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Comparing 3D Scanning Technologies

3D scanners are revolutionising the manufacturing industry. Engineers and designers across the field are integrating them into their workflows — for a good reason. From automotive manufacturing to healthcare, consumer goods, and art, 3D scanning enables users to digitize physical …

Ile Kauppila

December 1, 2022

3D scanners are revolutionising the manufacturing industry. Engineers and designers across the field are integrating them into their workflows — for a good reason. From automotive manufacturing to healthcare, consumer goods, and art, 3D scanning enables users to digitize physical objects in intricate details for 3D printing, structural analysis, and reverse engineering.

But the marketplace is brimming with different types of 3D scanning technologies. New users in particular might get lost in the sea of scanners. How can you choose the technology that works best for you?

Read on as we compare the most common 3D scanning technologies. Learn their strengths and drawback and find out which gives the results your operation needs.

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Structured Light

Structured light 3D scanning is one of the most popular types of 3D scanner technology. These scanners — such as Peel 3.CAD — work by projecting a structured light pattern onto the scanned object. The light pattern may consist of horizontal or vertical bars, a crisscrossing diamond pattern, or some other shape, depending on the device.

As the light hits the object, it scatters back. Sensors on the scanner device detect the reflected light. Based on trigonometric triangulation, they calculate the XYZ coordinates of the reflection and build a 3D model based on this data.

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Structured light 3D scanners used to use white light, but light of this wavelength doesn’t always work well in daylight. To this end, many structured light scanners today use blue light, which gives them better resistance to ambient lighting.

This scanning technology is popular for its fast speed, high accuracy, and the devices’ affordable prices. However, it can struggle to scan shiny or transparent objects, although it’s possible to mitigate this issue with 3D scanning sprays.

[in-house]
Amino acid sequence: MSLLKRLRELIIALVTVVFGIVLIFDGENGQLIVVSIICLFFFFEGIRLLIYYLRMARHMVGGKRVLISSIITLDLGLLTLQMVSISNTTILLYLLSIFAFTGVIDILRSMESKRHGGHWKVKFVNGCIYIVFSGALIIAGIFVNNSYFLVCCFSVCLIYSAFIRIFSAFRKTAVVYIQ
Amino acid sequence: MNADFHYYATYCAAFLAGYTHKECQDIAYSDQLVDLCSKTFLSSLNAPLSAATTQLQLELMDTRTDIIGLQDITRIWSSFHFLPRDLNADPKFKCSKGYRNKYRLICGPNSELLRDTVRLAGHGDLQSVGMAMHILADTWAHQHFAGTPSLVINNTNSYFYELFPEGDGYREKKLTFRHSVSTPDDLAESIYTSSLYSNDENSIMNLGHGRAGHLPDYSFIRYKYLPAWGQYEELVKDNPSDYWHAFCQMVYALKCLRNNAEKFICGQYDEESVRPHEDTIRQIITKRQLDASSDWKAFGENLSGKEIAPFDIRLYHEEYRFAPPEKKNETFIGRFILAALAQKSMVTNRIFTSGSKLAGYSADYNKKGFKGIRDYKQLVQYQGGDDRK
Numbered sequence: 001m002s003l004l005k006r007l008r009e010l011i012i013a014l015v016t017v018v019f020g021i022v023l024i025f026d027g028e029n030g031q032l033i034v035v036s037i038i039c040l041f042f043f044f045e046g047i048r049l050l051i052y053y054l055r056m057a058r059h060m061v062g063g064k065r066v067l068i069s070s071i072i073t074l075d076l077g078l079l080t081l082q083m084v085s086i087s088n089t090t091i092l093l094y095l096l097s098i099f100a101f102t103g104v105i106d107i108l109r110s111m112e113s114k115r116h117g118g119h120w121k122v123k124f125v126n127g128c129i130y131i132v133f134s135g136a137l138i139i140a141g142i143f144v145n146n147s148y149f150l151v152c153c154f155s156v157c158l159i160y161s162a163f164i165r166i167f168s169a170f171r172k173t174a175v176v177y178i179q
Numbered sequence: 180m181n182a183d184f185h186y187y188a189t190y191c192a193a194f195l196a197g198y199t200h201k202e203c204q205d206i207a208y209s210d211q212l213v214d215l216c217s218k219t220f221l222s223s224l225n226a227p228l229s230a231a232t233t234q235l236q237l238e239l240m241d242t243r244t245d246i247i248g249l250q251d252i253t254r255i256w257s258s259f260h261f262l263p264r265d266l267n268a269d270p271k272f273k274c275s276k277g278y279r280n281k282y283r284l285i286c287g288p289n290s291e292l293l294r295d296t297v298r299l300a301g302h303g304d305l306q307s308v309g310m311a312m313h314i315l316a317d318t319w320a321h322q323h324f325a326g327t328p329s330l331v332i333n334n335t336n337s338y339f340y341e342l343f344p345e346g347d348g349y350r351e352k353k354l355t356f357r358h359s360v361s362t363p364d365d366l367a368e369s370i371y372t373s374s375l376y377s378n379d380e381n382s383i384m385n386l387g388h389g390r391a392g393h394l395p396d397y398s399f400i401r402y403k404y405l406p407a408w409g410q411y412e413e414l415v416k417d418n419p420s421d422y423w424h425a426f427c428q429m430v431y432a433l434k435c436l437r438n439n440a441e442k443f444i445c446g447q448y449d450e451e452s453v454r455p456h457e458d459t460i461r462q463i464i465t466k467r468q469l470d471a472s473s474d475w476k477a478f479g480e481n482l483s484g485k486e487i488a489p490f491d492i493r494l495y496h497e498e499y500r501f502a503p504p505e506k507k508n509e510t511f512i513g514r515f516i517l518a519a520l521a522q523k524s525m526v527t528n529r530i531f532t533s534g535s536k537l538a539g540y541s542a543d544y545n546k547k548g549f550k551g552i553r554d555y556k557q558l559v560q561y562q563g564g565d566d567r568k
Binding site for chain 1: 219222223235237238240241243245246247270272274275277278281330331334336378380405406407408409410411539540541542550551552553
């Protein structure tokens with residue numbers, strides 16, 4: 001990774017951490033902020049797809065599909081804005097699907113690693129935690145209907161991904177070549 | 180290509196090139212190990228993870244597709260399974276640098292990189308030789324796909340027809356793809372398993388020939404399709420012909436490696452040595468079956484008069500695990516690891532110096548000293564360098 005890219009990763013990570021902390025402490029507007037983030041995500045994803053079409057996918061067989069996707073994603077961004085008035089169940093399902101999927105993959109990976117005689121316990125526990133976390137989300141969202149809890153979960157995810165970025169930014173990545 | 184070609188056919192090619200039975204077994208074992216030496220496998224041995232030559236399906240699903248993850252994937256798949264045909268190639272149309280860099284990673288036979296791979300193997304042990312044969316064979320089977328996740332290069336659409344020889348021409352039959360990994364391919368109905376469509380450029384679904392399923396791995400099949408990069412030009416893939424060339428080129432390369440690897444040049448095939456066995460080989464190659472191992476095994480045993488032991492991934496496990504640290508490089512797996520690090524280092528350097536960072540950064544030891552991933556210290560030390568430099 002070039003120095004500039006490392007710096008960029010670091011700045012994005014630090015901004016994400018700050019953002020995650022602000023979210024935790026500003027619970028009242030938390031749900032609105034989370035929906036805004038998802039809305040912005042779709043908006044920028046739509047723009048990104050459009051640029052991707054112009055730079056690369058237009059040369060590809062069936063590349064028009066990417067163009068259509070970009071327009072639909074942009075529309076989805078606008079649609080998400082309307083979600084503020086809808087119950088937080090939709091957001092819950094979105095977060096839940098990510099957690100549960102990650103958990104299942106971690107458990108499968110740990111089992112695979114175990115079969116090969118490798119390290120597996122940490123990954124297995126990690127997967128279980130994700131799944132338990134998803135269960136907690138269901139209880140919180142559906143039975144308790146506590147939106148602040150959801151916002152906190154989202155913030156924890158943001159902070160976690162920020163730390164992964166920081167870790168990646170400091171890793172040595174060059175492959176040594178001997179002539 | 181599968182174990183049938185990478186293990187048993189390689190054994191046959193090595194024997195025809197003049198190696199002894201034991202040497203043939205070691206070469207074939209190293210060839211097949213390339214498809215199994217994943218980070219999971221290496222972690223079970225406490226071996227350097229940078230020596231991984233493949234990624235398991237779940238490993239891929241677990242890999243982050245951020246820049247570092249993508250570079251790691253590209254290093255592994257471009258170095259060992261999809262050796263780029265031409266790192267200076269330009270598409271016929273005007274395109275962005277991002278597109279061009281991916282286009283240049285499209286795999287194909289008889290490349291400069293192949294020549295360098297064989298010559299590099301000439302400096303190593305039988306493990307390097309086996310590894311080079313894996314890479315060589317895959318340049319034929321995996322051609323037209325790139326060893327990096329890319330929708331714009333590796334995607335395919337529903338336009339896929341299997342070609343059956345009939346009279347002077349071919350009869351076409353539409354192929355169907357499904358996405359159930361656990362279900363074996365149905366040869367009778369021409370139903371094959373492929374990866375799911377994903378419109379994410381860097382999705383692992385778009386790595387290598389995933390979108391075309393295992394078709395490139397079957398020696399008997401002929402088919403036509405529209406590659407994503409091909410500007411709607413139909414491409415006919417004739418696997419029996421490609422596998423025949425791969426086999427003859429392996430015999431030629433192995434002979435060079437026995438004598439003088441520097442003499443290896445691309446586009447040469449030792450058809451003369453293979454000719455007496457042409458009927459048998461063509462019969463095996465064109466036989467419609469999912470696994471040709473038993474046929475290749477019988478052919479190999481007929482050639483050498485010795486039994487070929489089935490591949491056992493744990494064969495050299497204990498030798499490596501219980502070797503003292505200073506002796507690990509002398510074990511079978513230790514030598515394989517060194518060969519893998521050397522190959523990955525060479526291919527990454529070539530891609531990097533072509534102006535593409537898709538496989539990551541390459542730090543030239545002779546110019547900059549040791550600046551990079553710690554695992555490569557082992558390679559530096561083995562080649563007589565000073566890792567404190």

Structured Light
Affordable 3D scannersBrightly lit environments can affect scan quality
High accuracyStruggles with shiny, dark, or transparent objects
Fast scan speedsNot ideal for very large objects
High resolution 
Doesn’t require safety gear 
Suitable for many industries 
Simple device operation 

Laser Triangulation

Laser triangulation-based 3D scanners, like Creaform HandySCAN, work similarly to structured light scanners. However, instead of a light pattern, they use a series of lasers to triangulate the scanned objects XYZ coordinates — hence the name.

The scanning devices project a number of laser beams at the object. Generally, the more lasers the scanner has, the more accurate results it can get. The laser beam bounces back from the scanned object, and the scanner’s sensors interpret its shape and size.

Since they’re quite similar, laser triangulation 3D scanning shares many of the advantages and drawbacks of structured light scanning. It can be extremely accurate and fast, and it may perform slightly better with transparent surfaces due to the intensity of the laser beam.

But laser triangulation scanners are often more expensive. These 3D scanners may also require users to wear safety goggles to protect themselves from the bright lasers.

Laser Triangulation
Extreme accuracySomewhat sensitive to ambient light
Fast scan speedCan have issues with shiny, dark, or transparent objects
Can scan larger objectsScanners can be costly
Easy operationMay need safety goggles
Highly versatile end-use cases 
Capable of low- and high-resolution scans 

Laser Pulse

Laser pulse 3D scanning systems, including Leica BLK360, also use lasers. But unlike laser triangulation, they don’t rely on triangulation. Instead, they calculate shapes and distances based on the speed of light.

The device sends out potentially hundreds of thousands of laser pulses per second. By measuring the time it takes for the laser pulses to bounce back, the 3D scanner can construct an accurate, large-scale 3D model. If the system has cameras, like Leica, it can even scan in full colour.

The main advantage of laser pulse 3D scanning is its ability to scan very large objects, such as entire rooms or buildings. With a rotating mirror, the scanner can cast the last pulses 360 degrees around itself.